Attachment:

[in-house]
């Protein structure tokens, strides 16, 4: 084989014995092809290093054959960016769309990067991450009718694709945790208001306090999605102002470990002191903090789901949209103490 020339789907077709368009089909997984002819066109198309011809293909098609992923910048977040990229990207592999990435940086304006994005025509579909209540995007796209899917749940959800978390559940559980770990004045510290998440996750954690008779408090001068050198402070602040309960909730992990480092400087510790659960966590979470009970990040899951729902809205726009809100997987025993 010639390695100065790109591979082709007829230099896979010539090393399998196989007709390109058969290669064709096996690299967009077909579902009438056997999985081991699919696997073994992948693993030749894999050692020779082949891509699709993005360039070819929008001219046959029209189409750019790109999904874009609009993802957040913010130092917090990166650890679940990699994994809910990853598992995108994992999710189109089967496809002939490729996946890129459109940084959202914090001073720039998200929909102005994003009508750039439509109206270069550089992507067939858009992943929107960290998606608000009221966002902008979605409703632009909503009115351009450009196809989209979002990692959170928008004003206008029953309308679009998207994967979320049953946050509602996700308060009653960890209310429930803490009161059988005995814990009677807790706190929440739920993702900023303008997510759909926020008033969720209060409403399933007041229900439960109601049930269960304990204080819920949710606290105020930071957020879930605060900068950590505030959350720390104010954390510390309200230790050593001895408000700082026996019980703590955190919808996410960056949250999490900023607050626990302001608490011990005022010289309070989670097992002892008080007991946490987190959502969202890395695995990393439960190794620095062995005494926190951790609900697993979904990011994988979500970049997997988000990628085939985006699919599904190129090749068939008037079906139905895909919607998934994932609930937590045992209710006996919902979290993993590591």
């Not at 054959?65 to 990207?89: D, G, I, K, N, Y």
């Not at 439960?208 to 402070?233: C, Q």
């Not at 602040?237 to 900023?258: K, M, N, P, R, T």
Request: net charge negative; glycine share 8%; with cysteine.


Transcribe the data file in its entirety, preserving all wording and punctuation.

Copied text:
[in-house]
């Protein structure tokens, strides 16, 4: 084989014995092809290093054959960016769309990067991450009718694709945790208001306090999605102002470990002191903090789901949209103490 020339789907077709368009089909997984002819066109198309011809293909098609992923910048977040990229990207592999990435940086304006994005025509579909209540995007796209899917749940959800978390559940559980770990004045510290998440996750954690008779408090001068050198402070602040309960909730992990480092400087510790659960966590979470009970990040899951729902809205726009809100997987025993 010639390695100065790109591979082709007829230099896979010539090393399998196989007709390109058969290669064709096996690299967009077909579902009438056997999985081991699919696997073994992948693993030749894999050692020779082949891509699709993005360039070819929008001219046959029209189409750019790109999904874009609009993802957040913010130092917090990166650890679940990699994994809910990853598992995108994992999710189109089967496809002939490729996946890129459109940084959202914090001073720039998200929909102005994003009508750039439509109206270069550089992507067939858009992943929107960290998606608000009221966002902008979605409703632009909503009115351009450009196809989209979002990692959170928008004003206008029953309308679009998207994967979320049953946050509602996700308060009653960890209310429930803490009161059988005995814990009677807790706190929440739920993702900023303008997510759909926020008033969720209060409403399933007041229900439960109601049930269960304990204080819920949710606290105020930071957020879930605060900068950590505030959350720390104010954390510390309200230790050593001895408000700082026996019980703590955190919808996410960056949250999490900023607050626990302001608490011990005022010289309070989670097992002892008080007991946490987190959502969202890395695995990393439960190794620095062995005494926190951790609900697993979904990011994988979500970049997997988000990628085939985006699919599904190129090749068939008037079906139905895909919607998934994932609930937590045992209710006996919902979290993993590591």
């Not at 054959?65 to 990207?89: D, G, I, K, N, Y």
């Not at 439960?208 to 402070?233: C, Q």
């Not at 602040?237 to 900023?258: K, M, N, P, R, T």
Request: net charge negative; glycine share 8%; with cysteine.